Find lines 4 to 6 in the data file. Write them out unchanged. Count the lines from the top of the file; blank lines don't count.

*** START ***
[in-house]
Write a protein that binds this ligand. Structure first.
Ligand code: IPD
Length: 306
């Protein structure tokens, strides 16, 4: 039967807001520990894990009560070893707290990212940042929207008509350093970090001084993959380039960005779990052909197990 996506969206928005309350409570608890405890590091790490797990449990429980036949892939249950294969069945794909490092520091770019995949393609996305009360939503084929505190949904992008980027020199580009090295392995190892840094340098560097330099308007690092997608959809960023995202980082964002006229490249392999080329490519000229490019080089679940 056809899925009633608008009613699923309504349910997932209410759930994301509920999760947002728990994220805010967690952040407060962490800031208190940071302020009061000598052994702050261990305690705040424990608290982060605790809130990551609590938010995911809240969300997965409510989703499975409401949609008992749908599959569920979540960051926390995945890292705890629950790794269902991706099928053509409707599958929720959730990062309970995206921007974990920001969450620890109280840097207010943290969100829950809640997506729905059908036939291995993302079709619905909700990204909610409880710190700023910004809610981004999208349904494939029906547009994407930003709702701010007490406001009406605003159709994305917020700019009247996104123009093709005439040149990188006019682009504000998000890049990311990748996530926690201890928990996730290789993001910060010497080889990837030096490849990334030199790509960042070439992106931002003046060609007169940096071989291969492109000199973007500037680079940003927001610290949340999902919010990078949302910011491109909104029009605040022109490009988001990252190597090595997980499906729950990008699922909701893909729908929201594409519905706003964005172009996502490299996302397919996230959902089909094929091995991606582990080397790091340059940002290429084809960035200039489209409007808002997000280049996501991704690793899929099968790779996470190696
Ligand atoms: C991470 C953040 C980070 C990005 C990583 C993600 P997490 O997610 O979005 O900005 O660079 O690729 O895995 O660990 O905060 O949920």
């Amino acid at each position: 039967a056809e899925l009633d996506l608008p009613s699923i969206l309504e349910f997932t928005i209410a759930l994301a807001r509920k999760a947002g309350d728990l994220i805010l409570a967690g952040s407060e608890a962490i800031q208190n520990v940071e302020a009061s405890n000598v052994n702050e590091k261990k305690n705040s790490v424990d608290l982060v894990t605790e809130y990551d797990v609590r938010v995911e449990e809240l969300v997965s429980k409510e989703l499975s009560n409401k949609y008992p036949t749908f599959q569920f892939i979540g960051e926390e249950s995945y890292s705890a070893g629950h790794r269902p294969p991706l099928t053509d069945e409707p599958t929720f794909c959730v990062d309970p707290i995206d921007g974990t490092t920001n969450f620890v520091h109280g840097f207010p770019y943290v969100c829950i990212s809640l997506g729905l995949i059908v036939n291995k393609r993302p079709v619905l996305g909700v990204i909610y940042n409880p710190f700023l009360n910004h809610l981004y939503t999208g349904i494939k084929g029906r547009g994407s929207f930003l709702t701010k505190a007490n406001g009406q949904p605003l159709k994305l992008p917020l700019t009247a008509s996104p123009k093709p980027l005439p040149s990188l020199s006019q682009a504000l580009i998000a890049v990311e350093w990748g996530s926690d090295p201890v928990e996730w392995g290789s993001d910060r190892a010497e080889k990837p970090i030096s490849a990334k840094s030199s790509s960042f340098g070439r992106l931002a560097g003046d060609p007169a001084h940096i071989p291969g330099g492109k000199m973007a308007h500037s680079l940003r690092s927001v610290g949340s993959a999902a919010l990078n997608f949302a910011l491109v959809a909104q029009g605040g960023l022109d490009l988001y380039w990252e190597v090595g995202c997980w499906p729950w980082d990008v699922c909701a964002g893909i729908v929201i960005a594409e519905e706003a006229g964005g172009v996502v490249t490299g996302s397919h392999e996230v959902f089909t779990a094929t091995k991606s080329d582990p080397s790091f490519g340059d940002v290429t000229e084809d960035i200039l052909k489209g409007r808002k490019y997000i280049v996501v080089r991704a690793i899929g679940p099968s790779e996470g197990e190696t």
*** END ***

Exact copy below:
Length: 306
């Protein structure tokens, strides 16, 4: 039967807001520990894990009560070893707290990212940042929207008509350093970090001084993959380039960005779990052909197990 996506969206928005309350409570608890405890590091790490797990449990429980036949892939249950294969069945794909490092520091770019995949393609996305009360939503084929505190949904992008980027020199580009090295392995190892840094340098560097330099308007690092997608959809960023995202980082964002006229490249392999080329490519000229490019080089679940 056809899925009633608008009613699923309504349910997932209410759930994301509920999760947002728990994220805010967690952040407060962490800031208190940071302020009061000598052994702050261990305690705040424990608290982060605790809130990551609590938010995911809240969300997965409510989703499975409401949609008992749908599959569920979540960051926390995945890292705890629950790794269902991706099928053509409707599958929720959730990062309970995206921007974990920001969450620890109280840097207010943290969100829950809640997506729905059908036939291995993302079709619905909700990204909610409880710190700023910004809610981004999208349904494939029906547009994407930003709702701010007490406001009406605003159709994305917020700019009247996104123009093709005439040149990188006019682009504000998000890049990311990748996530926690201890928990996730290789993001910060010497080889990837030096490849990334030199790509960042070439992106931002003046060609007169940096071989291969492109000199973007500037680079940003927001610290949340999902919010990078949302910011491109909104029009605040022109490009988001990252190597090595997980499906729950990008699922909701893909729908929201594409519905706003964005172009996502490299996302397919996230959902089909094929091995991606582990080397790091340059940002290429084809960035200039489209409007808002997000280049996501991704690793899929099968790779996470190696
Ligand atoms: C991470 C953040 C980070 C990005 C990583 C993600 P997490 O997610 O979005 O900005 O660079 O690729 O895995 O660990 O905060 O949920």